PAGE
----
Sunday, December 26, 2004
Residential airports are hot properties
By LEROY STANDISH
The Victorville (CA) Daily Press
When Chuck Laird wakes up in the mornings he can roll out of bed and soar to 5,000 feet quicker than most people can make it from the garage to the freeway. Laird lives to fly. That’s why his garage opens up to a taxiway at the Adelanto Airport, which has two dirt runways – one 4,800 feet long and another at 3,700 feet. The airport, located southwest of the intersection of Rancho and Koala roads, is one of two in the Victor Valley that cater to a unique clientele: residential pilots.
Wes Krause has been a resident of the Hesperia Airport for four years. He owns a 1948 Beechcraft Bonanza.
“It’s in a hangar in the back yard,” Krause said.
When not in the mood for rustling up a hearty breakfast, lunch or dinner, he’s been known to go flying for his grub.
“Catalina – they have a nice breakfast there right where the airport is,” he said.
Big Bear caters to later meals.When he flies out for lunch, “They are called $100 hamburger flights,” Krause said.
Laird and Krause belong to a somewhat exclusive club that continues to grow in popularity. Residential air parks are hot properties across the United States.
“It is a growing trend that has been increasing over the last 10 years,” said Dave Sclair, who founded “Living With Your Plane General Aviation News” in the late 1970s.
Sclair said there are more than 600 of these air parks scattered throughout the country and two or three new ones pop up every year.
“As the cost of tying down or finding a hangar on a public airport has increased, people have said, ‘Why don’t I take the X number of dollars that I am paying for the tie downs and put it into a home?’ ” Sclair said.
Security is another reason for the increase.
“People want to know where their airplane is and who is around, and with a residential air park you know everyone who is there,” he said.
Locally, the Adelanto Airport, zoned for desert living with one-acre lot minimums, has only six full-time residents. But on the weekends the place is abuzz with prop wash, hosting about 20 property owners who fly in.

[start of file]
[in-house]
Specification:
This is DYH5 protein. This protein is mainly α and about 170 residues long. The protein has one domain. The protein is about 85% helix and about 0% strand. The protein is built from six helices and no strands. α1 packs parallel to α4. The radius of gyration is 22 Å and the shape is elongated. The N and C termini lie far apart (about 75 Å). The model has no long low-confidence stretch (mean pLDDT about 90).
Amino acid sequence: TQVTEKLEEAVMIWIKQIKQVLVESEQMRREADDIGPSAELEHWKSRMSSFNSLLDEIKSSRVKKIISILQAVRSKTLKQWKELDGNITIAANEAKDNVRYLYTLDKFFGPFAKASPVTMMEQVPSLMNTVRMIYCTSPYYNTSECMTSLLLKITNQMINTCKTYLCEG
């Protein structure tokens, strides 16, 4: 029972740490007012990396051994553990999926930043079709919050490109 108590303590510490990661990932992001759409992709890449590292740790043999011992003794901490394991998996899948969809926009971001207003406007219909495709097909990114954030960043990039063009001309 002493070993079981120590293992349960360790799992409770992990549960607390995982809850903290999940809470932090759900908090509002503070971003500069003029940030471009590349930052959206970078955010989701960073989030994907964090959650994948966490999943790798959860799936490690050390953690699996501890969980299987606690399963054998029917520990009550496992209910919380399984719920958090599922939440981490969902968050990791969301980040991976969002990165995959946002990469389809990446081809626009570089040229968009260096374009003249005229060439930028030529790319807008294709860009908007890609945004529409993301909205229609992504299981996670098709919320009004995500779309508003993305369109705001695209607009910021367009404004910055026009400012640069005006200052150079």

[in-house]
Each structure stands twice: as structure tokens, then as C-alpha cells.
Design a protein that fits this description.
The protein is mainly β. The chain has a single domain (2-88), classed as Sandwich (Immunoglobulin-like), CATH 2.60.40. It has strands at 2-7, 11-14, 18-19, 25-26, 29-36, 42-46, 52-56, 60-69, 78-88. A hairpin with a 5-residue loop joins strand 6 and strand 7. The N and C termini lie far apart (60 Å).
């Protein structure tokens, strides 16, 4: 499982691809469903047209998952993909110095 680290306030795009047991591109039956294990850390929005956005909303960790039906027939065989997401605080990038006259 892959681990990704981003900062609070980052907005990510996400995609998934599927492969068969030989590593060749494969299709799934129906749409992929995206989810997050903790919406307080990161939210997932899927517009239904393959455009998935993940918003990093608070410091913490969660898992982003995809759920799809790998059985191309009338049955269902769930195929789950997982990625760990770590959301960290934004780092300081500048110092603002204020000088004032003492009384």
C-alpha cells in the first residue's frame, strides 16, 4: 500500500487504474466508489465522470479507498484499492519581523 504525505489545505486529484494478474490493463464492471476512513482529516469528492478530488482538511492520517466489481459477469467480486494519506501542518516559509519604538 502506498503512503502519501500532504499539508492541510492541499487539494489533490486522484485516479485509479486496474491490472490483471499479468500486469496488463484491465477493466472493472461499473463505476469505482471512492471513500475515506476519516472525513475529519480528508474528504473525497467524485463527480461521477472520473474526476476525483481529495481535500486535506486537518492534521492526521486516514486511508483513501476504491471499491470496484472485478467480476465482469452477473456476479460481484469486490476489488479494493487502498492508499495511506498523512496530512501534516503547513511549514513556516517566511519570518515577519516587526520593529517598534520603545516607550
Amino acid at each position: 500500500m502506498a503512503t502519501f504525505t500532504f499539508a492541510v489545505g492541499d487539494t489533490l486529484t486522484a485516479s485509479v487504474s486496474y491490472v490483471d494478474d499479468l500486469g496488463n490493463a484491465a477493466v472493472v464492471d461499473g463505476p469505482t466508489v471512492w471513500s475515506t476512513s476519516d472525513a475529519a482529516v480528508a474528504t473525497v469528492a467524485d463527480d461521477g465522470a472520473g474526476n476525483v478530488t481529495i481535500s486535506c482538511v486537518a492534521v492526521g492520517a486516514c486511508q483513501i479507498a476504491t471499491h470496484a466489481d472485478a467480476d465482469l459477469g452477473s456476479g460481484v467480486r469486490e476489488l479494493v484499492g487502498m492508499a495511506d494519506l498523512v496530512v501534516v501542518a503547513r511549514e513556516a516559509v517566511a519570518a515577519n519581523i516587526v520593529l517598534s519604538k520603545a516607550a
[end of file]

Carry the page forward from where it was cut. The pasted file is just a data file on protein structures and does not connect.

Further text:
More are moving in.
Larry Baxter is a longtime property owner at the Adelanto airfield. He owns a hangar, adjoining a taxiway west of the field’s main dirt runway. Inside are a trio of planes he has under construction. He flies one regularly – a 1962 Commander 560-F. On the other end of his hangar is a walled-off residence, with a kitchen, a bed and a bath.
Baxter is building a similar hangar/residence/workshop for a new neighbor.
“It’s called a multi-use,” Baxter said. He anticipates 10 new residences will go up within the 326-acre park in the next year.
Joe Pike, a helicopter pilot, is building a hangar for four choppers. He said he will eventually add a house onto the side.
“Why not live with your toys?” he said. “It’s every pilot’s dream to walk out of your house and go fly anyplace you want.”
As part of his endeavor, Pike brought electricity to the park. Other utilities, such as water and gas, are lacking, though. Residents rely on solar power and generators for electricity, and private wells for water.
Laird, president of the Adelanto Air Park Association, said that is slowly changing. That will make the air park, founded in 1961, more enticing to new residents and perhaps future commercial interests.
Don Hilly, president of the Hesperia Airport Association, said there are still a few lots left for development with runway access.
The Hesperia Airport, located southwest of Ranchero and Summit Valley roads, is somewhat limited in terms of expansion and the residents do not own the airport, as those in Adelanto do. Hesperia Airport’s owners do not live on the airport and rely on the property owners to care for the runway, Hilly said.
The Hesperia airfield is hemmed in by a railroad line and residential streets. The airport, founded in 1958, has only one runway, a restaurant, a small motel and a maintenance hangar.
Many of the air park residents bought property there in their younger days and have since become too old to fly.
“Most of the members of the association don’t fly,” Hilly said. “They are victims of aging.”
He predicts many of the properties will turn over to a younger set in the next decade, reinvigorating the airport.
“It is basically a very sedate type of air park. Elderly people predominate,” Hilly said. “But I suspect the next 10 to 15 years will show a big change because a lot of people will be moving … We need young people, is what we need.”
Living with the smell of aviation fuel and the roar of takeoffs and landings may not be for everyone, but for those with a passion for flight it is the only way.
“If you think about it, it is no different than somebody that lives on a marina or a dock with a boat,” Krause said. “It is just a matter of where your heart is.”